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HIS 101 - Introduction to Western Civilization I: Websites
EAWC is an on-line course supplement for students and teachers of the ancient and medieval worlds, hosted by the University of Evansville. It features its own essays and primary texts as well as an index of internet sites.
The Internet History Sourcebooks Project is a collection of public domain and copy-permitted historical texts presented cleanly (without advertising or excessive layout) for educational use. Also see links to specific sourcebooks below.
The World Digital Library (WDL) makes available on the Internet, free of charge and in multilingual format, significant primary materials from countries and cultures around the world from 8000 BCE to the present.
Lateral Reading vs Vertical Reading
"The historians and students read vertically -- staying within the original website in question to evaluate its reliability." (Spector)
Vertical readers are often duped by unreliable indicators such as:
a professional-looking name and logo
scholarly or reputable references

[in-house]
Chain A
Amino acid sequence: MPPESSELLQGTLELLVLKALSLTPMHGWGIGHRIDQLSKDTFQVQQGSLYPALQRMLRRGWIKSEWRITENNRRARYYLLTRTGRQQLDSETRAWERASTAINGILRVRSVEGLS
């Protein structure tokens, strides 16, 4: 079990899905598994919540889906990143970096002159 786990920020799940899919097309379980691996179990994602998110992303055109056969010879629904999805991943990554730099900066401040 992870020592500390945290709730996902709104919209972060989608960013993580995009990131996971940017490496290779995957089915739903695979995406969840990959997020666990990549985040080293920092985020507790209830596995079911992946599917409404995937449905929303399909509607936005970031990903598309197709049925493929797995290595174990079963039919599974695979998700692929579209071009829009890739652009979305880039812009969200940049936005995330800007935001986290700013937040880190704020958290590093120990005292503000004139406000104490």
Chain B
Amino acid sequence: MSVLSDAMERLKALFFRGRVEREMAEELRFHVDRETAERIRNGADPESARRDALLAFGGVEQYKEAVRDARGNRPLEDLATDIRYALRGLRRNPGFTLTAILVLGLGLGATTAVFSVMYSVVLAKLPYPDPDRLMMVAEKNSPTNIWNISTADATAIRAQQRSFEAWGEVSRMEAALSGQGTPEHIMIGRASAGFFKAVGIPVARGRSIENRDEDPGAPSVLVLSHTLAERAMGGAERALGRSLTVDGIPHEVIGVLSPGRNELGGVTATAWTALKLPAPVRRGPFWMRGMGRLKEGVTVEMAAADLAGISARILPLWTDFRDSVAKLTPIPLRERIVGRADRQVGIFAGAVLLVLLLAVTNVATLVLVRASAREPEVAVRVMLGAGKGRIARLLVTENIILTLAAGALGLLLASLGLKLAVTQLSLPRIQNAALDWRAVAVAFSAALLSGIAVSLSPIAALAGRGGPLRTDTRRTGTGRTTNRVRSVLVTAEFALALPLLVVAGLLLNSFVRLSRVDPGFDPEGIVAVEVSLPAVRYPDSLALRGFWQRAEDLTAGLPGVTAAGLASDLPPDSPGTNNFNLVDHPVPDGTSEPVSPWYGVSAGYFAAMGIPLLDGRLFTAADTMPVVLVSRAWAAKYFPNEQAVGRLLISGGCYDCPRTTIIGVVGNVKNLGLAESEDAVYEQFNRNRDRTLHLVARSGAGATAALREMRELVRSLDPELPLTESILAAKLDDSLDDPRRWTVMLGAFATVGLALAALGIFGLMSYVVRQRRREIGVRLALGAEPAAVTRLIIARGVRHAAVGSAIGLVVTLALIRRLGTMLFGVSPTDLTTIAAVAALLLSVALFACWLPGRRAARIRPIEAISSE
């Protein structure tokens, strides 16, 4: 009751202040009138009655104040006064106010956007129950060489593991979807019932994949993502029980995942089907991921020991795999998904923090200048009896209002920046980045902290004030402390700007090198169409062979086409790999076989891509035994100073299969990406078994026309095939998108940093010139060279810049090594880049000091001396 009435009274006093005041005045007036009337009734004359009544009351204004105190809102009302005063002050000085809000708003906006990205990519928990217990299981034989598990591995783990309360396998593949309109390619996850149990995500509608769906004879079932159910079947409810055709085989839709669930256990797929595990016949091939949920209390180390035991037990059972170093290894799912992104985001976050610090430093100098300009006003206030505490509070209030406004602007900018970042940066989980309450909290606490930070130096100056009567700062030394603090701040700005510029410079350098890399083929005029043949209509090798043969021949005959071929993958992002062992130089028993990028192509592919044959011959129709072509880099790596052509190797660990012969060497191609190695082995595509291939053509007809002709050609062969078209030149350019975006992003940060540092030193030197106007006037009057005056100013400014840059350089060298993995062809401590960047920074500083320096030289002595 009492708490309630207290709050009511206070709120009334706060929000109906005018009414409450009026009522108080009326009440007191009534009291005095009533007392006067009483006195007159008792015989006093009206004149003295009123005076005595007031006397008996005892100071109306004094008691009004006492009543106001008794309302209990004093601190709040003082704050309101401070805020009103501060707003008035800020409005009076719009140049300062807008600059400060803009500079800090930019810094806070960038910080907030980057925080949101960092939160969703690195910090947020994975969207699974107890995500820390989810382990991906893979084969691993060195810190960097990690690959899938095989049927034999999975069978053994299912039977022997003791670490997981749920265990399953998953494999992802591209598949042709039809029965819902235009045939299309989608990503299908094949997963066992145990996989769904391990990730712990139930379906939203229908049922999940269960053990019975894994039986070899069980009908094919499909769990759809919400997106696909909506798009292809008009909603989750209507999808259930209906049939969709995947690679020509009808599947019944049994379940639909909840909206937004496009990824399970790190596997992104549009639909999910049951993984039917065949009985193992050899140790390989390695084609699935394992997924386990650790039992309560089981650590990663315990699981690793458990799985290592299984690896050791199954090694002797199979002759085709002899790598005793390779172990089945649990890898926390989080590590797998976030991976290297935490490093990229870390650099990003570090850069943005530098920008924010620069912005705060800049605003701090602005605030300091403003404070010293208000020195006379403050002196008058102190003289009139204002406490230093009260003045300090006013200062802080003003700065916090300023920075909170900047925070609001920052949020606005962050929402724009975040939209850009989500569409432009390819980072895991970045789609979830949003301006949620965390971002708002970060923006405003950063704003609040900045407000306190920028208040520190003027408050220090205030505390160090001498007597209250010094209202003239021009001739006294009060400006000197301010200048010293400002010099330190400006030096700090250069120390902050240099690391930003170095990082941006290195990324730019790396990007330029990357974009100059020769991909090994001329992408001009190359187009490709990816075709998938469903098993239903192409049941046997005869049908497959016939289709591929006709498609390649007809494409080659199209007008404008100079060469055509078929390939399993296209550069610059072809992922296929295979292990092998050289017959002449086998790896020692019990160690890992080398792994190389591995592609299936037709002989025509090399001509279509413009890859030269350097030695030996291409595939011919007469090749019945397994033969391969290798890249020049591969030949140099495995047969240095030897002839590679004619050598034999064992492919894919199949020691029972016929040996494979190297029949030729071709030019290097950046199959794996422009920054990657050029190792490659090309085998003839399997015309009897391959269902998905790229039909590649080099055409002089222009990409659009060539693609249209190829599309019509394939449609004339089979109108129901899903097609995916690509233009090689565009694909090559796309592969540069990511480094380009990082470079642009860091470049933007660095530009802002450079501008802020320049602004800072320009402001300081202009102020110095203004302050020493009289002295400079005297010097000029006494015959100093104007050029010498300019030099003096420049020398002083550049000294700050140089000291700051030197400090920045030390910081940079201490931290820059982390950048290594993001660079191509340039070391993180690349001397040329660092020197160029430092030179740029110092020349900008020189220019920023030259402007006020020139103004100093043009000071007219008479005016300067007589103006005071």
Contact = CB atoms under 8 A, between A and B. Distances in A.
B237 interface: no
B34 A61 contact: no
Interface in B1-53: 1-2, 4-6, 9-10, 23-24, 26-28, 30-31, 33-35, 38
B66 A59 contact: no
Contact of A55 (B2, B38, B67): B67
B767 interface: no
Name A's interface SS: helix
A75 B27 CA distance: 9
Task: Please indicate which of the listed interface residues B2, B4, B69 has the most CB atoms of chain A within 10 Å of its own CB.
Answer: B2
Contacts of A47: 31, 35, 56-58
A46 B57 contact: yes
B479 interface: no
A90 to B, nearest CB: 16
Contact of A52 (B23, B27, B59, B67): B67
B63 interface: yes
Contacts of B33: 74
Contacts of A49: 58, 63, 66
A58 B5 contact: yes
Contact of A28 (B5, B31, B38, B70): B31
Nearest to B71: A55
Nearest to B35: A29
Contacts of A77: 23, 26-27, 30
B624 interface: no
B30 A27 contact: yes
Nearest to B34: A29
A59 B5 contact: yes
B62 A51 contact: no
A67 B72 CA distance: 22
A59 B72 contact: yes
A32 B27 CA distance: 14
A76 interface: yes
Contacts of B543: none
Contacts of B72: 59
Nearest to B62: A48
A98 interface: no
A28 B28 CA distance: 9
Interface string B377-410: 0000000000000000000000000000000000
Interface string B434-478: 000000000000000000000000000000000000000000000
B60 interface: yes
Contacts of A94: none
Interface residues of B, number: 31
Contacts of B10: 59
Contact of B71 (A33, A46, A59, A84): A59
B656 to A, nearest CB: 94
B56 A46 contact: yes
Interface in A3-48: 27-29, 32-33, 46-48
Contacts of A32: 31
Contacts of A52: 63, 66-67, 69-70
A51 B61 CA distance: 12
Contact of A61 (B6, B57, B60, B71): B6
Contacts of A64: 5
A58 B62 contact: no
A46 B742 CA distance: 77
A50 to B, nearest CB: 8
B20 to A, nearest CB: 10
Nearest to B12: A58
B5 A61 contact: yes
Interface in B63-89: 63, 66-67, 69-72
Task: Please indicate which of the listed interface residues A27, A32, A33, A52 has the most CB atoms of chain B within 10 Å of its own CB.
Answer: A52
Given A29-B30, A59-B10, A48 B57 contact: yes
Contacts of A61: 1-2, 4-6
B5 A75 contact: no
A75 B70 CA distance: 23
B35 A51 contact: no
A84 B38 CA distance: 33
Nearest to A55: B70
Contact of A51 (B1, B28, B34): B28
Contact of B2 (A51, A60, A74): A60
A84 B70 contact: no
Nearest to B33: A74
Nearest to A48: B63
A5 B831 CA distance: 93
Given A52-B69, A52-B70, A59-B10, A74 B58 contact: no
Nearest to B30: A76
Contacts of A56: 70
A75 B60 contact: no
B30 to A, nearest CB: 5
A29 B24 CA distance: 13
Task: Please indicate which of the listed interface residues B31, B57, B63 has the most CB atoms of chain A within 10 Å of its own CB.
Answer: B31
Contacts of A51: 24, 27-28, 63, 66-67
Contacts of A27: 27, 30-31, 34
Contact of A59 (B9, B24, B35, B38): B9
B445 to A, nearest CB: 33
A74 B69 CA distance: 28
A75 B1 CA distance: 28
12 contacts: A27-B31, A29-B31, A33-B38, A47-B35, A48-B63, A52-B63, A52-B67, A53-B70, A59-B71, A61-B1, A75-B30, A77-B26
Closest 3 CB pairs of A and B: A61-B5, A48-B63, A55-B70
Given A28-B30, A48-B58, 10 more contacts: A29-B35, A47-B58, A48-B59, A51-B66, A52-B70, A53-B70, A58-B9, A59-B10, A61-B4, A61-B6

a .org URL
a polished "About Us" page claiming a nonprofit status
"The fact checkers read laterally -- quickly scanning the website in question but then opening a series of additional browser tabs, seeking context and perspective from other sites." (Spector)
Lateral readers exercise habits that lead to more thorough and efficient evaluation of information/sources such as:
search for the site/article on fact-checking sites
search the web for the owner or publisher of the site
search for pages linking to the site
follow references back to any original sources
research what other sites say about the source
Lateral reading: Instead of staying with one website or article, you might need to jump around a bit. Open multiple tabs in your browser to follow links found within the source and do supplemental searches on names, organizations or topics you find. These additional perspectives will help you to evaluate the original article and can end up saving you time.
Things to remember:
The top result on Google is not always the best. Take a moment to scan the results and skim the snippets beneath the links.
Just because a website looks professional or credible doesn't mean that it is.
Sometimes you can find out more about a website by leaving the site itself.
You can use the command-F keyboard shortcut to search within an article for a name, group, or word.
Right-click on a link to open in a new tab.
Wineburg, Sam and McGrew, Sarah. Lateral Reading: Reading Less and Learning More When Evaluating Digital Information (October 6, 2017). Stanford History Education Group Working Paper No. 2017-A1. Available at SSRN: https://ssrn.com/abstract=3048994